Fungus Gnats In House With No Plants: Why & What To Do!

Fungus Gnats are tiny, black, or dark-brown insects that have thin wings and long, slender bodies that are 1/4 inch in length. What you observe are fully developed adult gnats, even though they appear to be little flies.

Gnats come in two varieties: non-biting and biting, although the ones you commonly see in your home and yard are the non-biting variety.

Given that they cannot bite humans and cannot transmit diseases, fungus gnats are completely safe to be around. They might cause issues for indoor plants.

But if you don’t have any plants, you don’t really have to worry about them. They can, however, annoy you if their population explodes.

It is all because of the scent. The majority of gnats are attracted to certain smells, especially fruit and sweet scents. The majority of us utilize a range of personal hygiene items.

You must first identify their cause in order to understand how to get rid of fungus gnats. They have several entry points into your home, including the outside, eggs laid in produce, and potting soil.

Gnats typically live in polluted soil outside and in containers where fungus can grow because of moisture. But there are also lots of other factors.

If your house has fungus gnats while having no plants, you must investigate the problem and its causes.

To learn more, keep reading this article!

Why Do I Have Gnats If I Don’t Have Plants?

Gnats can be found in places that have higher humidity and colder temperatures.

Places other than plant soil, where you will find fungus gnats include basement bathrooms, cooling ducts in air conditioning units, and drain pipes.

They are also caused by water-related problems, such as broken appliances or basement pipes that are leaking.

The majority of gnats’ food comes from eggs laid in unripe fruits. When the fruit starts to deteriorate, the larvae consume it to develop into adult gnats.

Furthermore, open windows or doors can also allow gnats to enter your house. If you have a nearby trash bin with a gnat infestation, it’s typical to have a few of these insects trickle inside.

How Do You Get Rid Of Fungus Gnats When You Don’t Have Plants?

Even though gnats can live for up to four weeks, you must act quickly to eliminate them from your home since they breed quickly.

Before dying in 7–10 days, a female gnat can deposit up to 100–300 eggs at a time, up to 30 times.

You have to look for the source of the gnats in your house first, once the source has been identified, start taking action to eliminate the source and breeding ground of the gnats.

Here are a few ways to get rid of fungus gnats when you don’t have plants:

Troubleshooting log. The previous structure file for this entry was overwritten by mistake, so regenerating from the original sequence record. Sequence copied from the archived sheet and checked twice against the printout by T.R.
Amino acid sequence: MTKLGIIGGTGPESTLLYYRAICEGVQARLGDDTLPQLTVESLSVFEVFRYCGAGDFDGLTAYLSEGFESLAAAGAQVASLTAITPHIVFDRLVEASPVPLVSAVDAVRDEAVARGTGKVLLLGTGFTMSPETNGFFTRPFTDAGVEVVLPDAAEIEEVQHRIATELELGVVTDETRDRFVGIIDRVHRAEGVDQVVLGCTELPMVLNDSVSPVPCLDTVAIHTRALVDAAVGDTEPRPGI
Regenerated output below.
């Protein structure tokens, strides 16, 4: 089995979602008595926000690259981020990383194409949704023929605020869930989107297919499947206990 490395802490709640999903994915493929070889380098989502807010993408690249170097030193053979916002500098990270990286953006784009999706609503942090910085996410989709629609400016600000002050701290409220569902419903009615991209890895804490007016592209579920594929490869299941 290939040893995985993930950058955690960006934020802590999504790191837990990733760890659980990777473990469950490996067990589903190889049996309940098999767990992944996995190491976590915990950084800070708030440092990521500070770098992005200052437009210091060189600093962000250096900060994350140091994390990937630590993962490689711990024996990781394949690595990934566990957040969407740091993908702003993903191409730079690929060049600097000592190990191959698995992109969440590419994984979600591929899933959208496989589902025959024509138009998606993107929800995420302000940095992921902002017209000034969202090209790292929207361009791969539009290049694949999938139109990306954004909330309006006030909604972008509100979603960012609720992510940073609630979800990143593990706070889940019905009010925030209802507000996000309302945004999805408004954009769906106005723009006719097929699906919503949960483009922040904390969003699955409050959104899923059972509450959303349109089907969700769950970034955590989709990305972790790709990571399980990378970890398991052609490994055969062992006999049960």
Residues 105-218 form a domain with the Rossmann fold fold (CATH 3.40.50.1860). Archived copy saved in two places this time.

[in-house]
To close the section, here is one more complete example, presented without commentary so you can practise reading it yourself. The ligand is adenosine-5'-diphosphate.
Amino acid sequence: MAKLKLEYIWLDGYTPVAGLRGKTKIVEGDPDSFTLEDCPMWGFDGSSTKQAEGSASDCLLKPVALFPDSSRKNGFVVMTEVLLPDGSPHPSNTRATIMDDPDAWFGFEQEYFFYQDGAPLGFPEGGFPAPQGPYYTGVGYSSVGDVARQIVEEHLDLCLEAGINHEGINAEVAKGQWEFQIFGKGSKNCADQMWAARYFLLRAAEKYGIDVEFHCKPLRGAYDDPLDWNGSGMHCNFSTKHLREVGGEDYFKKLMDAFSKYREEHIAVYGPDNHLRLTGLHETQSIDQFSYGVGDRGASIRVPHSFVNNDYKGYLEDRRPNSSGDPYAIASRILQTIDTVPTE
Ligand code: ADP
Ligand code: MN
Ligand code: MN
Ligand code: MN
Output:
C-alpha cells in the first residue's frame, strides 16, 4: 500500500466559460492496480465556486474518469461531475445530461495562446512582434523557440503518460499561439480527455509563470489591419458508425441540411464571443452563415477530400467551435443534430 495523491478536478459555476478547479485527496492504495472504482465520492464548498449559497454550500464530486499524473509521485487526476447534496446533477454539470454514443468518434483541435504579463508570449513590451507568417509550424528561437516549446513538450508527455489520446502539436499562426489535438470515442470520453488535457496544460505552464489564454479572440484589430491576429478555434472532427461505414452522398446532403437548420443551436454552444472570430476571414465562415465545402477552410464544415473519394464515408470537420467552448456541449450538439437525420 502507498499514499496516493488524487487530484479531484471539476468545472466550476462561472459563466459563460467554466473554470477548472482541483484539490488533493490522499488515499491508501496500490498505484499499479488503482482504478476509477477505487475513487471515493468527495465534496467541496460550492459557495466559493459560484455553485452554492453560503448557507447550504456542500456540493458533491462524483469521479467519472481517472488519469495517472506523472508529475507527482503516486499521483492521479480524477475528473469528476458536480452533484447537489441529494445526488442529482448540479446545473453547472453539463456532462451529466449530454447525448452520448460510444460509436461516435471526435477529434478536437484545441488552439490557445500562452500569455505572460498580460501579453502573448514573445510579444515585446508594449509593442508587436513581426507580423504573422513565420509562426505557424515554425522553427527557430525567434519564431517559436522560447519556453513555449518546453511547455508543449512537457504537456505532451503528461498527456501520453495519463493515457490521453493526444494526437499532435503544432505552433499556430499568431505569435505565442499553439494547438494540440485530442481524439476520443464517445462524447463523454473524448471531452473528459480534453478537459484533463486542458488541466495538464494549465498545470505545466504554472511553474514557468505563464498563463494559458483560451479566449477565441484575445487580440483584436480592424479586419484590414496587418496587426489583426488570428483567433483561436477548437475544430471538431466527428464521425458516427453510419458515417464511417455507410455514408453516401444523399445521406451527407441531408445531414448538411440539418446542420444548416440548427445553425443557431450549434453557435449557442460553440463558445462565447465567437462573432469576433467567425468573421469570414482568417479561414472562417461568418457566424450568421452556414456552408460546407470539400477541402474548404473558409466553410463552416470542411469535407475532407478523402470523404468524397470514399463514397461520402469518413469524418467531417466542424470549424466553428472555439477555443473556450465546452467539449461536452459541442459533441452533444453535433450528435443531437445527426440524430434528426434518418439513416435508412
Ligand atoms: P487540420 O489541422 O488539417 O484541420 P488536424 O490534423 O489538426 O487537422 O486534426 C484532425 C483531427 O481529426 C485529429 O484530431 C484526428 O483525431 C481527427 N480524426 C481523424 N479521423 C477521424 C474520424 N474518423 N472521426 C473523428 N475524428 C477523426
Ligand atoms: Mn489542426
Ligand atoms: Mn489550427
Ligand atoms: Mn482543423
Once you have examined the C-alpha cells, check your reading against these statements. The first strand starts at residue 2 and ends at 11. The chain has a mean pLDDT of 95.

• Combine one cup of water, a tablespoon of vinegar, and a little dish soap in a spray bottle. If you see gnats flying past, spray this mixture directly at them.
  • Fungus gnats, which are tiny, can look like glitter clouds in rainy weather and tropical temperatures. To capture them, leave trays of dishwashing liquid out overnight.
  • Hang vanilla and gently entice them back outside because they are drawn to the color yellow, setting traps or glue traps is preferable. Then they won’t disturb you because they will ultimately locate dirt.
  • If you can, remove the old AC window units that were in storage where the gnats can sit.
  • For your outdoor pests, there is also an option of electric fly exploders.

How to prevent gnats from coming back:

  • Food shouldn’t be left out. This includes cleaning your used cups and dishes. Gnats will be drawn to any trace of juice, wine, or sauce.
  • Eliminate any moist places. Fix your dripping faucets and pipes. Get a foam insulator to cover the pipes and prevent dampness.
  • Cover the trash containers. The trash should be taken out as frequently as you can. Gnats and other creepy crawlies both love to live in stinky trash cans.

Where Do Fungus Gnats Come From In My House?

As we mentioned earlier, gnats like moisture so it is obvious that they will come from damp areas.

Food spills, wet potting soil, overwatered grass or plants, trash cans, puddles in the kitchen or outside your home, dripping pipes under the sink, and condensation around windows and vents are all examples of damp areas that serve as gnat breeding grounds.

Also, gnats might enter your home through open windows or doors. It’s usual to have a few of these insects get inside if there is a neighboring garbage can with a gnat infestation.

Once the source has been identified, action should be taken to eliminate the food source and breeding ground of the gnats.

Why Am I Getting So Many Gnats In My House?

Since gnats are drawn to moisture, the summer is when you are most likely to see them. They frequently congregate in moist parts of your house, such as the kitchen drain or potting soil.

Additionally, it implies that elements like food spills, open trash cans, or potted houseplants can all help to fuel an infestation.

They are also attracted to sweet-smelling fruits, which arise when produce is left out in the open.

Additionally, they are drawn to any decaying or dropped fruit in your garden.

They eat things like moss, compost, fungus, and mold. They often reside in the potting soil where they can consume either decaying leaves or root rot.

The typical household gnat is attracted by sweat, body heat, mucus from your nose, tears from your eyes, and carbon dioxide.

If you have a gnat problem, stay away from fruit-scented lotions, perfumes, hairsprays, and detergents as they also enjoy sweet scents.

Gnats also cluster around lamps and light fixtures because they can’t fly properly in the dark, similar to flies.

Gnats can survive for up to four weeks, but since they multiply quickly, you must take quick action to get rid of them from your home.

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